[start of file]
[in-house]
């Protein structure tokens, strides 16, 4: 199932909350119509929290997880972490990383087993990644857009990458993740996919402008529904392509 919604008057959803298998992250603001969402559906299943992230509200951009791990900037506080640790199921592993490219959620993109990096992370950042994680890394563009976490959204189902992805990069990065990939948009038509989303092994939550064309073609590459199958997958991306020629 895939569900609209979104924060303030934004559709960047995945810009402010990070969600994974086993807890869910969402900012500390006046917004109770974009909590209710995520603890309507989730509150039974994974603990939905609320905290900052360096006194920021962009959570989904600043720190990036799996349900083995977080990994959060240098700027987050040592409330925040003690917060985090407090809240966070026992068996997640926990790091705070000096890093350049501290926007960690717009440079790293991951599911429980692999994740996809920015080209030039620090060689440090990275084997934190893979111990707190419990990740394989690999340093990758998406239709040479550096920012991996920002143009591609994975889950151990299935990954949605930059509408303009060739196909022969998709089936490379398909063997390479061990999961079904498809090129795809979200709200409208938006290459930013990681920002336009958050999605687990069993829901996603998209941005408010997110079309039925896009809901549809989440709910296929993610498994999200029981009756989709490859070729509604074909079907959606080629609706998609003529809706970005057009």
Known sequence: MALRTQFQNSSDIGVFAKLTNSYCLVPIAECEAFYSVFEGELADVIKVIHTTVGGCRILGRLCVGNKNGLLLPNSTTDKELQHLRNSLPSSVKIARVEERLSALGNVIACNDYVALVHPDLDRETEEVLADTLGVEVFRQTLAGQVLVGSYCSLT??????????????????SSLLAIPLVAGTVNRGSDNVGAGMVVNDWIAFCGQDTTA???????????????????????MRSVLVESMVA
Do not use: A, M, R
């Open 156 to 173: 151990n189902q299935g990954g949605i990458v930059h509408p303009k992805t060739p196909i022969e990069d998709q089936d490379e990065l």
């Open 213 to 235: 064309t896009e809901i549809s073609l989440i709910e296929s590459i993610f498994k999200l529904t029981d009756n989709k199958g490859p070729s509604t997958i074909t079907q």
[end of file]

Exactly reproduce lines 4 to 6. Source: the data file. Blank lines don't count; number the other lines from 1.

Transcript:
Do not use: A, M, R
């Open 156 to 173: 151990n189902q299935g990954g949605i990458v930059h509408p303009k992805t060739p196909i022969e990069d998709q089936d490379e990065l």
């Open 213 to 235: 064309t896009e809901i549809s073609l989440i709910e296929s590459i993610f498994k999200l529904t029981d009756n989709k199958g490859p070729s509604t997958i074909t079907q």